I just read an article in Salon about Tina Fey, Mindy Kaling, Amy Poehler, Lena Dunham and Nora Ephron’s books. They have this humor running through that is baring and honest and self deprecating- but skip the trauma. They can talk about sagging aging necks, being the “fat girl”, but not the real stuff. They can get so close to the hurts and skim right past them, leaving us to wonder is their life easier or why is my life so hard.

The gospel of Ephron: What Amy Poehler and Lena Dunham’s books have in common? How did the female celebrity memoir turn into feminist self-help? by Lydia Kiesling “In Poehler’s book, as in Fey’s and Kaling’s, there is a dual say-everything quality and reticence, like, I’m going to give you my embarrassing childhood photos and tell you about my gross feet, but don’t ask me about my divorce, or my early childhood traumas.”

There is no wrongdoing in their having written these books. They are what they are. I am the vulnerable writer and without that what sets me apart from the books going for a steal at the warehouse in the outlet mall. Hearing that Mindy hates getting fat clothes when she is being dressed for an award show or hearing that Tina Fey gained more weight than you during her first pregnancy is cool. We want to be entertained and seated at their cozy booth snacking on the bread that you dip into the tiny bowl of olive oil and spices. But after reading the last page, there is an opportunity lost. I write because I can’t not write. It sits in my gut and right on the inside my forehead waiting to be henpecked onto this computer screen. I am in service to my truth. My big mouth has to be of use.

As hard as it is to find the words, I keep looking. My writing teacher encouraged me to start organizing pages to get the book together. Ohhh and I was chuffed. Until I couldn’t stop the tears. There is no ending. I don’t know the ending. I didn’t win the lottery. I haven’t even renovated the bathroom. I haven’t met a man. Or a woman like Glennon Doyle Melton. I have to grieve some more. There is no bow to tie. There won’t be one. This is life and it is not clean or pretty. I’m still living like I have been hit by the bus. I wish I wasn’t. But the bus did a lot of damage and I didn’t even see it coming.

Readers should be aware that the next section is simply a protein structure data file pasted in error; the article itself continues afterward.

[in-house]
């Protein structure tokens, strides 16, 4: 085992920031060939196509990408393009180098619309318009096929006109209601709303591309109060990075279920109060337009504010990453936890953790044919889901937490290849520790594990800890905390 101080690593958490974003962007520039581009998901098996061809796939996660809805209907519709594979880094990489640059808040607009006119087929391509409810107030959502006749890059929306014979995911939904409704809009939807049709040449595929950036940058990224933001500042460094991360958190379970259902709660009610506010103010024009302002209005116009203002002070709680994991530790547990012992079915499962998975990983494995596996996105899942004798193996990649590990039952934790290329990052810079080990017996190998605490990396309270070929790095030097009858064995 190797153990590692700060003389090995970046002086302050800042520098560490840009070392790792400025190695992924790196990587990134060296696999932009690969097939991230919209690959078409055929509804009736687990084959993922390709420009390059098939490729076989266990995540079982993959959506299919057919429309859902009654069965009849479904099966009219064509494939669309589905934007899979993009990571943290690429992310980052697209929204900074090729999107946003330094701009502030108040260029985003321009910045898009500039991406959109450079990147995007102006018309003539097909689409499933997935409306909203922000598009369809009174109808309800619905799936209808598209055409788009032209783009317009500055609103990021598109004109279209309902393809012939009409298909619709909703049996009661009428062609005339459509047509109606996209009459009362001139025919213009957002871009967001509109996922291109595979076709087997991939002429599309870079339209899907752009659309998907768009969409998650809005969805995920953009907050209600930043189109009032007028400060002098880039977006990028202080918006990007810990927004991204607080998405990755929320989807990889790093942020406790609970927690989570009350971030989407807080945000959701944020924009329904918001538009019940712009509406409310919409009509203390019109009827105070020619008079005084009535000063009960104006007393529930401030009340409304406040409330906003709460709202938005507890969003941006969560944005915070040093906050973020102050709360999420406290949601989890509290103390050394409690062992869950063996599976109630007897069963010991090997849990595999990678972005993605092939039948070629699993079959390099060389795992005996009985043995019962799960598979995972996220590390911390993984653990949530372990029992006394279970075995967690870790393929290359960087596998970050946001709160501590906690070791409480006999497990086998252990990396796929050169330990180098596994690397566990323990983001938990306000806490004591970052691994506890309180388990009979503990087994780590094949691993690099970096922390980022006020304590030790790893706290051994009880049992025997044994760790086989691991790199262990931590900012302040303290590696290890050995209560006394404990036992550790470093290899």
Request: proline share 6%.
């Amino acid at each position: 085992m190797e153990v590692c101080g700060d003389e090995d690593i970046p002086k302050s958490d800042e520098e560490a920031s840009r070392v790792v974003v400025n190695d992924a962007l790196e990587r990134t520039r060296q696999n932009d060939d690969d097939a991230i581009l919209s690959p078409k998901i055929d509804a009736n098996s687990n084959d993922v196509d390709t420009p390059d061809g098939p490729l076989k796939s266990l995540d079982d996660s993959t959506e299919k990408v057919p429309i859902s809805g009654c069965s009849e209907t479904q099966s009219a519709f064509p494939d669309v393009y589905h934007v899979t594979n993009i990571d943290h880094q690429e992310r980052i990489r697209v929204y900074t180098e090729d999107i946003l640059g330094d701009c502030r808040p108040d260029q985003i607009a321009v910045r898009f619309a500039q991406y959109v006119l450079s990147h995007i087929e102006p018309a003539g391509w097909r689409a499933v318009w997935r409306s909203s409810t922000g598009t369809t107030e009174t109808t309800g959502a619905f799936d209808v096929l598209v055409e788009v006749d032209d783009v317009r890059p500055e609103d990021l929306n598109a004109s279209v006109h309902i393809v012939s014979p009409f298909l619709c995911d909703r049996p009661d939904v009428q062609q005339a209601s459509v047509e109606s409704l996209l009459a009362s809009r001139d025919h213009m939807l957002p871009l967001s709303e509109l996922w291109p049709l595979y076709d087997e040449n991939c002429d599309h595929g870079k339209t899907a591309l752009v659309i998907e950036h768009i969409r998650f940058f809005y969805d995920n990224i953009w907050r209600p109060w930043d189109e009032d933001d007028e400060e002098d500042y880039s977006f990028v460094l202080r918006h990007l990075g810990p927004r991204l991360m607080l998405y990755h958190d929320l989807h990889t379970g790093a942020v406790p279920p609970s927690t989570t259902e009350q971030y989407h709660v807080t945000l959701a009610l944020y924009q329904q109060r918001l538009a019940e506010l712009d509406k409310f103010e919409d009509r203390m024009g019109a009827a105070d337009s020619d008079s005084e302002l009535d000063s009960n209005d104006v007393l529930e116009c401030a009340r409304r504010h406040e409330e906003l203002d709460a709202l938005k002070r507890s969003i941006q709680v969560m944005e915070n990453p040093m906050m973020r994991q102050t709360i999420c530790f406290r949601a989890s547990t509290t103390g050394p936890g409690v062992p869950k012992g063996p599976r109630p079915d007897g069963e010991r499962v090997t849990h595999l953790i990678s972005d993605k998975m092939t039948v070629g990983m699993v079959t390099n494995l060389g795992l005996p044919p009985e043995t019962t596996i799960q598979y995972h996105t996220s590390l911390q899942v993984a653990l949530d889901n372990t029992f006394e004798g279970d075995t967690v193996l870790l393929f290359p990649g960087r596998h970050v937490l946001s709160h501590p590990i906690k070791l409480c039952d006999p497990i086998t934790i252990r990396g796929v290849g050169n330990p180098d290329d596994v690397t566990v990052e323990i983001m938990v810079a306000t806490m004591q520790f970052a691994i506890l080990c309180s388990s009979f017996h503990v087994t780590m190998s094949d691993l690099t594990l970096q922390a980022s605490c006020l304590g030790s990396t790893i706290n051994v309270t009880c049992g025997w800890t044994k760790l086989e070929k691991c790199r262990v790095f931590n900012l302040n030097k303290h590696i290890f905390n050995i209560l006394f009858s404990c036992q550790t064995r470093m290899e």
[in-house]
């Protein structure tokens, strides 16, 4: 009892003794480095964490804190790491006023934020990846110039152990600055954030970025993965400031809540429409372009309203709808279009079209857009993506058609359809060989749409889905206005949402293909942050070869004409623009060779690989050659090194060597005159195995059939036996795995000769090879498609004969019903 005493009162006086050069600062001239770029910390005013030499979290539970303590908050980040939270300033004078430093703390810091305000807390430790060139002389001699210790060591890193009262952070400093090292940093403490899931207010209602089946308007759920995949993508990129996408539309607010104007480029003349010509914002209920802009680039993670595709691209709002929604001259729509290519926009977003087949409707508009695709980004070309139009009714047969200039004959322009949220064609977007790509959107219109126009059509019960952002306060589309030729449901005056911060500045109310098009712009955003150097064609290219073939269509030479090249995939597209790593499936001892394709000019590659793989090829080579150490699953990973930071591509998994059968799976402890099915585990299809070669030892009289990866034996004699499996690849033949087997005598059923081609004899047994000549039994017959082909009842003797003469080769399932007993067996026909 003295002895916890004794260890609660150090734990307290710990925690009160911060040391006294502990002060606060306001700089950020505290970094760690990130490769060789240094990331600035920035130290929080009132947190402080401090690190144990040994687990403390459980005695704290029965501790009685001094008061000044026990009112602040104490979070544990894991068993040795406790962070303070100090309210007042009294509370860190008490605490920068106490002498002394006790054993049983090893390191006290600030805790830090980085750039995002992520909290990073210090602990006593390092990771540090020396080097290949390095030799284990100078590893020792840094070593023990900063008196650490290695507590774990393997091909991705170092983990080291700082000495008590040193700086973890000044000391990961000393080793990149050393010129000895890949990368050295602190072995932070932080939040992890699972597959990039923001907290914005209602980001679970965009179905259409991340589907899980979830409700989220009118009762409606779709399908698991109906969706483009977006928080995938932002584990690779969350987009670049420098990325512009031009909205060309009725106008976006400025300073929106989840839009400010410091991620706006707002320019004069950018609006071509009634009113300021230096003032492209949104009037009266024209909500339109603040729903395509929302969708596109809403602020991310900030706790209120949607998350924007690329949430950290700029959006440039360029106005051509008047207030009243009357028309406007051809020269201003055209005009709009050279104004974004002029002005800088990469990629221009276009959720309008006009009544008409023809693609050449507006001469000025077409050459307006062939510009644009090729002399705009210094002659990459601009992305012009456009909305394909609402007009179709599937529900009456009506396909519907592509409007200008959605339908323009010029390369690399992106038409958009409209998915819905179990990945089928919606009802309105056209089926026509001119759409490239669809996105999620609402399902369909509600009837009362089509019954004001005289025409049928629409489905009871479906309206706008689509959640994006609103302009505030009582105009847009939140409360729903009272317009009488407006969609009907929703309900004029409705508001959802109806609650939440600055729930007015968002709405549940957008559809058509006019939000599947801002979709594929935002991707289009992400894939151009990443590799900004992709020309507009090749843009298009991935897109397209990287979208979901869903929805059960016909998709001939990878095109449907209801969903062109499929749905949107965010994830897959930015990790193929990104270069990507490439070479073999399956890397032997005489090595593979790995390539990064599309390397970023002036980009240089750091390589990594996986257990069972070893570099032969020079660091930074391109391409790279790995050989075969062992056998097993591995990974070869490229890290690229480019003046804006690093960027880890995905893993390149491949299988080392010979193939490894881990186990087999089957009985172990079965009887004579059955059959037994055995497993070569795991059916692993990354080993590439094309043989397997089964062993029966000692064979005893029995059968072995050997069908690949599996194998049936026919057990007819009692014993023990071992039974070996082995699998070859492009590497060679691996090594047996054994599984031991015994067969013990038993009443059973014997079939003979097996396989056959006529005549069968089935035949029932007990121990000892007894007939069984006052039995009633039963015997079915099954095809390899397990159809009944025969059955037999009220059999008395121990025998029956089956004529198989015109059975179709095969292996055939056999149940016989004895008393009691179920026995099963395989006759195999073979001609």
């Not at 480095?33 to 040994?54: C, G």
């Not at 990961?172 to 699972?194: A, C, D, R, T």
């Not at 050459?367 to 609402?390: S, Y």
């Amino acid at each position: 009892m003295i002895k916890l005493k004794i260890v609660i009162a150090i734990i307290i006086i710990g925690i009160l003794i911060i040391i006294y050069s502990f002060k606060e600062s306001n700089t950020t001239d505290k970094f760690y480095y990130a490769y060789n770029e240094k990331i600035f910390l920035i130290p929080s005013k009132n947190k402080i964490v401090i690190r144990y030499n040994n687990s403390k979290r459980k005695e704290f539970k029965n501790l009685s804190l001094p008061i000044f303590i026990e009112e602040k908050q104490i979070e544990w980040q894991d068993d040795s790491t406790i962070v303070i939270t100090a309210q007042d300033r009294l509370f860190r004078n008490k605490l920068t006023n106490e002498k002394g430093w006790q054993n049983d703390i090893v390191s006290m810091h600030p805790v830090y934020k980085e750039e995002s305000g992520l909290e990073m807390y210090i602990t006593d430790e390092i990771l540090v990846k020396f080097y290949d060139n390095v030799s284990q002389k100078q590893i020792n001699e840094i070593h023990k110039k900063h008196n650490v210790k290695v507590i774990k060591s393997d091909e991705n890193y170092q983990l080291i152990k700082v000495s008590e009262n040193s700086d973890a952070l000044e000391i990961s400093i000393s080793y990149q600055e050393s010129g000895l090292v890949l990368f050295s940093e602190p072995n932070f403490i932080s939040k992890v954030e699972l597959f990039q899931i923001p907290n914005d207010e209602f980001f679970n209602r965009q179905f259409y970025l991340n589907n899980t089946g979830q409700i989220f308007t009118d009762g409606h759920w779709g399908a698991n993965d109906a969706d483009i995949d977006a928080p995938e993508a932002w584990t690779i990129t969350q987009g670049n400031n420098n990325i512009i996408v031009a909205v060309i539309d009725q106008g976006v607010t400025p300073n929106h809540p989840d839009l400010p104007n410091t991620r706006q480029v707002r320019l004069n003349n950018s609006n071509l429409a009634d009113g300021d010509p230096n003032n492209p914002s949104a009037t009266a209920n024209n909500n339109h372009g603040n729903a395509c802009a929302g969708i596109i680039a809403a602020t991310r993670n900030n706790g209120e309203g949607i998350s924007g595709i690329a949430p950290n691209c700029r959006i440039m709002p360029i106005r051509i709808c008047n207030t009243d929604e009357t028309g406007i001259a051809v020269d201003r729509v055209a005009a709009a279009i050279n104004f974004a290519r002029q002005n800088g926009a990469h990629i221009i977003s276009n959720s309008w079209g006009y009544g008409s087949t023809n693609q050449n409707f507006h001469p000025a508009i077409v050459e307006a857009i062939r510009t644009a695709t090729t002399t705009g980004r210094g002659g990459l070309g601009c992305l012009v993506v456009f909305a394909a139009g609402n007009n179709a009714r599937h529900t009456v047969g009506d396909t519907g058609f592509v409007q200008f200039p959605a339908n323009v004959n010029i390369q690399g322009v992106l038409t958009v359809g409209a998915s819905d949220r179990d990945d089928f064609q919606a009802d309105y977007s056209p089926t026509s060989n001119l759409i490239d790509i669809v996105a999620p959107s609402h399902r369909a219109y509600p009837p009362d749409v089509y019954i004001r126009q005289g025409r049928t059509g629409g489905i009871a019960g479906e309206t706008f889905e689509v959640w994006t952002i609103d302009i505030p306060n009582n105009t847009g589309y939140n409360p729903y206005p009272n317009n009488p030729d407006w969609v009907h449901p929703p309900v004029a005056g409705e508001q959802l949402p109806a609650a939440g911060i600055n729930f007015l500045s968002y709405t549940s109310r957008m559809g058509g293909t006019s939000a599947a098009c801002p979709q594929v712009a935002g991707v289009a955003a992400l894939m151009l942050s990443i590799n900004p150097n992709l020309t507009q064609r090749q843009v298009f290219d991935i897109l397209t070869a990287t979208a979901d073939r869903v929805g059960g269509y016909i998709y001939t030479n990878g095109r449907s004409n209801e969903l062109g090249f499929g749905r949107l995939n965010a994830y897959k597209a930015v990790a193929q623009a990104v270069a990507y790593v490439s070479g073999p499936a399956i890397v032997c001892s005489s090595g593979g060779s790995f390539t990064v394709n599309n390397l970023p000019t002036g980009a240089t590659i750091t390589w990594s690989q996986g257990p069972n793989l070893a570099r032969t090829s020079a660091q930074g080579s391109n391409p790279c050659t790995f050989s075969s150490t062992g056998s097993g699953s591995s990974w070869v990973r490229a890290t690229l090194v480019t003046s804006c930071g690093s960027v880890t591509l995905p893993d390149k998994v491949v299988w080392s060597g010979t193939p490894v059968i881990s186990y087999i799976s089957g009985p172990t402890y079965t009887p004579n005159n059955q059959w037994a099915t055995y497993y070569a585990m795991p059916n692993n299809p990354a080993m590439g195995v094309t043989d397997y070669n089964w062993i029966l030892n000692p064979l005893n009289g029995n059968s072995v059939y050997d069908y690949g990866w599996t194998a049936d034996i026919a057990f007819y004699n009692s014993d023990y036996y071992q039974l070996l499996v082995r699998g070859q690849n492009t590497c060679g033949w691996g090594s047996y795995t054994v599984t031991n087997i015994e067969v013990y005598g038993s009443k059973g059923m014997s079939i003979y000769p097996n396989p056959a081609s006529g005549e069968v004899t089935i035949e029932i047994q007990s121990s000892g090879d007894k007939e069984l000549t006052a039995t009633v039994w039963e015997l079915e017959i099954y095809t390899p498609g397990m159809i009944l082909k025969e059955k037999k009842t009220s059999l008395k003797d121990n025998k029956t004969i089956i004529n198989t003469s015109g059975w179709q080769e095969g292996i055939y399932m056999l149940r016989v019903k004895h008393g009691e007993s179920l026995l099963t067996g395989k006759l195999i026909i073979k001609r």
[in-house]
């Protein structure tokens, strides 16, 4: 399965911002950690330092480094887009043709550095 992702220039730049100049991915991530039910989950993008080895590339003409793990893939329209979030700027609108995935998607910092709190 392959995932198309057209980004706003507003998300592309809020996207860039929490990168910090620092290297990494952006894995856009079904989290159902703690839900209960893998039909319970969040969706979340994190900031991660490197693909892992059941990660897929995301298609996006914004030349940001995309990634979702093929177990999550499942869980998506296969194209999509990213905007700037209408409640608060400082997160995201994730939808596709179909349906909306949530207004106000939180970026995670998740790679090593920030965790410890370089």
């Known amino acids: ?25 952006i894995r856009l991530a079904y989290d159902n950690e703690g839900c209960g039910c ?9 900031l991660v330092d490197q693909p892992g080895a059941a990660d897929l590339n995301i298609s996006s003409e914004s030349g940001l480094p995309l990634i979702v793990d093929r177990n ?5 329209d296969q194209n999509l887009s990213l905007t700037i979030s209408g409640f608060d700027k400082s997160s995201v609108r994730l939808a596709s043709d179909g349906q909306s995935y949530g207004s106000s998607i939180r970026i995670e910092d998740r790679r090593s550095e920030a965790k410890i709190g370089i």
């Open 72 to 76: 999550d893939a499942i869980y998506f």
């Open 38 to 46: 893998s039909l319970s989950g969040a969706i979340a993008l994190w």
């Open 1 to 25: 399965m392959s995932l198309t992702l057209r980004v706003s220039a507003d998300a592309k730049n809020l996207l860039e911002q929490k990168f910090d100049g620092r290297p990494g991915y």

What is the word for marital sex when you are not aware that your husband is having an affair? Sex by deceipt. I feel Catholic asking. Parceling out the wrongdoing like a priest in a confessional divvying up the penance. Is this a venial or moral sin? Is this lie of omission serious enough to be considered rape? It isn’t a violent rape. It isn’t aggressive. I’m not claiming to be a rape victim. But what is this word? What is this unspeakable thing?

Does the word betrayal cover this pain? Broken vows. Unfaithful. Fool around. Affairs. Mistresses. Lovers. Adultery. Is there a word? Making me a fool. Dipping his pen into the company ink.

Can I sum up a nineteen year marriage ending not when I found the sock in the dryer? Not when I read his phone and his mistress texted him a break up? Not when I begged for honesty. Not when we spoke of neighbors’ divorcing. I told him I would always leave if he was unfaithful. I told him. Not when I could have sworn he called me Courtney in bed late one night.

What word would you use?

How will the story end?

Every once in a blue moon, I do get the feeling like I am a helium filled balloon. I rise aimlessly. The balloon is red and happy and light as air- maybe even lighter. I look around in to the sky and the puffy white clouds and I wonder what I should be worrying about. What pain did I forget to medicate? Whose lunch did I forget to pack? And it occurs to me that everything is ok. I float for a second without popping.

Leave a Reply

Fill in your details below or click an icon to log in:

WordPress.com Logo

You are commenting using your WordPress.com account. Log Out /  Change )

Google photo

You are commenting using your Google account. Log Out /  Change )

Twitter picture

You are commenting using your Twitter account. Log Out /  Change )

Facebook photo

You are commenting using your Facebook account. Log Out /  Change )

Connecting to %s